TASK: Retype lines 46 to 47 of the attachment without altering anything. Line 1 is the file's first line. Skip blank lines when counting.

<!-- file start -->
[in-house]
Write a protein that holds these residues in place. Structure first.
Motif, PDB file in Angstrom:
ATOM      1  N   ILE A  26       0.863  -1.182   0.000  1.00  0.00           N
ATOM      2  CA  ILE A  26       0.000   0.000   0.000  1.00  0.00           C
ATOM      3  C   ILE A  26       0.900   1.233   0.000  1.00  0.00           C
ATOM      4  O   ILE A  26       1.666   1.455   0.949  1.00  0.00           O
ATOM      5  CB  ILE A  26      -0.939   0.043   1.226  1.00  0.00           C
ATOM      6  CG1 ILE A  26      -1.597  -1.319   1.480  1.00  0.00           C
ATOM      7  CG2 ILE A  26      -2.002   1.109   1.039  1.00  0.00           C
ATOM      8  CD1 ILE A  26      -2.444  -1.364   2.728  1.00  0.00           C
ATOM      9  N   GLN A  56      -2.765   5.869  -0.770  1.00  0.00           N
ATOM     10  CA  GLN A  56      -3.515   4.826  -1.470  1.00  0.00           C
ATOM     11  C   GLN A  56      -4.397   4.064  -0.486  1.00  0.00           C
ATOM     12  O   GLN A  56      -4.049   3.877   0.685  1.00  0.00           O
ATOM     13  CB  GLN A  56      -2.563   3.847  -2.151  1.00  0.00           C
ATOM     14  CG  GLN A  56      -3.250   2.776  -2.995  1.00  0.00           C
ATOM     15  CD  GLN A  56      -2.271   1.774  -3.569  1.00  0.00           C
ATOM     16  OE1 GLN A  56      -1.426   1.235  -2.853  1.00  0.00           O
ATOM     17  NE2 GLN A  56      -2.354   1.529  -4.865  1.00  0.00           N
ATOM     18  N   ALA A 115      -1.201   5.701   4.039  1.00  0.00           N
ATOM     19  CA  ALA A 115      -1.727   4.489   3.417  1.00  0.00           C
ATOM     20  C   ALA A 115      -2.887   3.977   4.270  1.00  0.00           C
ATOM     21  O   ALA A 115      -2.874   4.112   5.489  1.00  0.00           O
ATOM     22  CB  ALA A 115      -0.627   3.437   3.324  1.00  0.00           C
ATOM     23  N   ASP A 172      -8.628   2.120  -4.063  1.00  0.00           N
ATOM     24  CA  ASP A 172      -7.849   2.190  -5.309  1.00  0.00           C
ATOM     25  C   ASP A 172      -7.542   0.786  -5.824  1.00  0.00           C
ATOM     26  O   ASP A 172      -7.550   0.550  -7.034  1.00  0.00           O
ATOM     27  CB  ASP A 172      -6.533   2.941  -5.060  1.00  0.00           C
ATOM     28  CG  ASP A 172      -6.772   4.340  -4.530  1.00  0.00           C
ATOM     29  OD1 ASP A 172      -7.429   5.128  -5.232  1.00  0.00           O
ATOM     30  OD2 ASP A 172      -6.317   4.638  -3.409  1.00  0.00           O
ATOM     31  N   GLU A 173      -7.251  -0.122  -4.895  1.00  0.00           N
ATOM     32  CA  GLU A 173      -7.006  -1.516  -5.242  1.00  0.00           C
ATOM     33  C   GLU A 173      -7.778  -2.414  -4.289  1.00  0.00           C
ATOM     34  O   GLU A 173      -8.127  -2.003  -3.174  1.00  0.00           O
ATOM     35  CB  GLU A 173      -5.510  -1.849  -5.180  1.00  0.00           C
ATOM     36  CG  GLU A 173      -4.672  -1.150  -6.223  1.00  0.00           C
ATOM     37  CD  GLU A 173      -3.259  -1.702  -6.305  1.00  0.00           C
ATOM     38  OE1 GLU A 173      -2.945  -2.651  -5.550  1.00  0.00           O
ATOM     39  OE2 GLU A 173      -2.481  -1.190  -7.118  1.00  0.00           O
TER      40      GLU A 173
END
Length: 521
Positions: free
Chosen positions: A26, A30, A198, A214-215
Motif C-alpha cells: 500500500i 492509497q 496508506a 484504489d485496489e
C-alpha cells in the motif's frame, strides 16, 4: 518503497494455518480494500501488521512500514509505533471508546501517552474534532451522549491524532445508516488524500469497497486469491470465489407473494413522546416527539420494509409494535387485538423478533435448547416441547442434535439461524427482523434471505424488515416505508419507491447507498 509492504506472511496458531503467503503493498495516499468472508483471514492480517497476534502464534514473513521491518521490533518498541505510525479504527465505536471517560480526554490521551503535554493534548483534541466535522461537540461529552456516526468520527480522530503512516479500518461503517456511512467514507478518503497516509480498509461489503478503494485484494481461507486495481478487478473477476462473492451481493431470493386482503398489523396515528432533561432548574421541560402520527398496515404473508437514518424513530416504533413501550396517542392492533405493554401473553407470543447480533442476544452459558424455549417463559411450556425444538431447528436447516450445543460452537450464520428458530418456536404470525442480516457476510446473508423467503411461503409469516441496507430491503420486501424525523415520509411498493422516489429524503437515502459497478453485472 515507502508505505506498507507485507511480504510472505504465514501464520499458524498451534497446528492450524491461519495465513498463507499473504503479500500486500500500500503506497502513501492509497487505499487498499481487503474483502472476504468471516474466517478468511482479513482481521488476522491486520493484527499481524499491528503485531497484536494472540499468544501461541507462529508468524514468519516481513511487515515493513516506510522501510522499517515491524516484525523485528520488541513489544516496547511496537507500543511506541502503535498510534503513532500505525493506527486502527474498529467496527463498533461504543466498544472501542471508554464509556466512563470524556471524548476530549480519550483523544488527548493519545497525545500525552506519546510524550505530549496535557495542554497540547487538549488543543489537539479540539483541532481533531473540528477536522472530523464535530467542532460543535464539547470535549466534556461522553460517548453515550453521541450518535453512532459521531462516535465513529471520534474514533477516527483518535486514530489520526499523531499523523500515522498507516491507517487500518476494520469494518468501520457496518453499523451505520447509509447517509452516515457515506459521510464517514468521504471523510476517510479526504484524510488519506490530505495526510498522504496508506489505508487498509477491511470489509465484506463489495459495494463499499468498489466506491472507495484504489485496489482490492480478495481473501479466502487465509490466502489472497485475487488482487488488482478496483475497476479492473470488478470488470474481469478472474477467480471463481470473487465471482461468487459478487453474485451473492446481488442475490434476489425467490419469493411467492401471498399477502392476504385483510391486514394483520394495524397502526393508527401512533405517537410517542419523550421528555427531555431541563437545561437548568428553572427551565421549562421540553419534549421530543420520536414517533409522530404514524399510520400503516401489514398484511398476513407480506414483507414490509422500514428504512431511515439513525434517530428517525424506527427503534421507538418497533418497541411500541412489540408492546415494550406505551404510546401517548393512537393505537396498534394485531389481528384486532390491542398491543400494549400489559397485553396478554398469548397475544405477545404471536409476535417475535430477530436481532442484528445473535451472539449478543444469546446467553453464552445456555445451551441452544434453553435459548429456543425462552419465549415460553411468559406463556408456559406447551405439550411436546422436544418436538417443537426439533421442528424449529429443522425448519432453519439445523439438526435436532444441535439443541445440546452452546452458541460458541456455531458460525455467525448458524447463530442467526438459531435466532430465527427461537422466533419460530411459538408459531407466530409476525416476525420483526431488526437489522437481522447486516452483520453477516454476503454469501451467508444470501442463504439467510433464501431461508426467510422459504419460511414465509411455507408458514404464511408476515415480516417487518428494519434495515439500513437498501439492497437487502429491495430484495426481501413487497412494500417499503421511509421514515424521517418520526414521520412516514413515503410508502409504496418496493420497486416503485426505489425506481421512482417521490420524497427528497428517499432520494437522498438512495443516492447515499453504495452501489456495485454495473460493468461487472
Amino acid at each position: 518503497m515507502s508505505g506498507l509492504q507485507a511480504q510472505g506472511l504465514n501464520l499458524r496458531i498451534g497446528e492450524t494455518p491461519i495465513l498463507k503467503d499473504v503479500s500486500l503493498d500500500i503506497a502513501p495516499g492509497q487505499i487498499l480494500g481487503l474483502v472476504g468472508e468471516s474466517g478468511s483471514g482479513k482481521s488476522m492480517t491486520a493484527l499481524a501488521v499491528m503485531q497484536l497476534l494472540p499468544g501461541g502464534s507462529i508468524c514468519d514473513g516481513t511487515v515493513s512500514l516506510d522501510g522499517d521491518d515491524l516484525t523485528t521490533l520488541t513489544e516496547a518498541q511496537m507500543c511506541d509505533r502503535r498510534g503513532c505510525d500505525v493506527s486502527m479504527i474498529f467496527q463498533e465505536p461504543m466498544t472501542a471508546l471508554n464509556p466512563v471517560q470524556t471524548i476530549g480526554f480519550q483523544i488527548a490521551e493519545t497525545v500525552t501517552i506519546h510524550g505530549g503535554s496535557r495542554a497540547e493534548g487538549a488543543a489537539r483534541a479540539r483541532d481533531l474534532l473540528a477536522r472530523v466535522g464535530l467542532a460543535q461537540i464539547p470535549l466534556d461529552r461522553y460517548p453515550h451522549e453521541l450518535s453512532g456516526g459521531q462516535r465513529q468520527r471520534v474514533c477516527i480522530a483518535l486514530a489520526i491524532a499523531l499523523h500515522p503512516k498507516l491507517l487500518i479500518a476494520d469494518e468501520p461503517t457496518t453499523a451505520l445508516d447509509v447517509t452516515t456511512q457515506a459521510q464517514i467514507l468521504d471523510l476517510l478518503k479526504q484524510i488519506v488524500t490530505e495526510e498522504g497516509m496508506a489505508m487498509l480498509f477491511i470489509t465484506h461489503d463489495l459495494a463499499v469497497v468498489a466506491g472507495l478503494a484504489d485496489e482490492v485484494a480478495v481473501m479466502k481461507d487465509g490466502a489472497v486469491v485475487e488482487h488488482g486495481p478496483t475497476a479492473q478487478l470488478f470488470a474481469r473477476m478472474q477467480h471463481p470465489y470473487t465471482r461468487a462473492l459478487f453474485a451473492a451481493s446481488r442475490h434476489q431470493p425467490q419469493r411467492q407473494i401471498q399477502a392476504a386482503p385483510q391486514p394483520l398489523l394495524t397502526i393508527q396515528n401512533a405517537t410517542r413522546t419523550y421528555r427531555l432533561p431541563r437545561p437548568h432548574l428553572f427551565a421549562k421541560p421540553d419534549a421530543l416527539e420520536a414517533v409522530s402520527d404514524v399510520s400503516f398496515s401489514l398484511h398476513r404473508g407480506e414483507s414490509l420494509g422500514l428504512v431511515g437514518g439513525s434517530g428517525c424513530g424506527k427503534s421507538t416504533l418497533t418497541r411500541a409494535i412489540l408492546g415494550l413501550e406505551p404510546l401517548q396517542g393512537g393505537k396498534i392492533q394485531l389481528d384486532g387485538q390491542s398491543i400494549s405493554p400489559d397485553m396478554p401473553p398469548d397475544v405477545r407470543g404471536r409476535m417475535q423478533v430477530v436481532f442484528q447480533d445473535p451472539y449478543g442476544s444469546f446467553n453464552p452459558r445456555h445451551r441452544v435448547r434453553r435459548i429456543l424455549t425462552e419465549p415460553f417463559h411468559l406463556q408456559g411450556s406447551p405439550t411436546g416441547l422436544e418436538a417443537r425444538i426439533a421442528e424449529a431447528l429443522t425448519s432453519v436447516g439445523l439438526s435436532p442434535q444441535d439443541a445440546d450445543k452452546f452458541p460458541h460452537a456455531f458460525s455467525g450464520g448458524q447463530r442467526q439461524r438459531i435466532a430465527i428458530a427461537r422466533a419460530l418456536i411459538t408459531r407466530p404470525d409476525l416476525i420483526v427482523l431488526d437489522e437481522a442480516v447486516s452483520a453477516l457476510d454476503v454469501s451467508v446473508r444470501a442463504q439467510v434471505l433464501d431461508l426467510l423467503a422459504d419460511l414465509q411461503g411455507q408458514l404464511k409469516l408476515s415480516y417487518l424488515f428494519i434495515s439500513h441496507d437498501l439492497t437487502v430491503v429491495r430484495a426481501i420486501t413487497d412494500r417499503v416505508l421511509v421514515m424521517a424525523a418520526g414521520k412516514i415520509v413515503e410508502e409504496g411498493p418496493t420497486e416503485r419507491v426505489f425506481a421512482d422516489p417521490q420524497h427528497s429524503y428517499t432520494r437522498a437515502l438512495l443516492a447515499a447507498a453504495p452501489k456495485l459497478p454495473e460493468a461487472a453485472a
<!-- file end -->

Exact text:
Positions: free
Chosen positions: A26, A30, A198, A214-215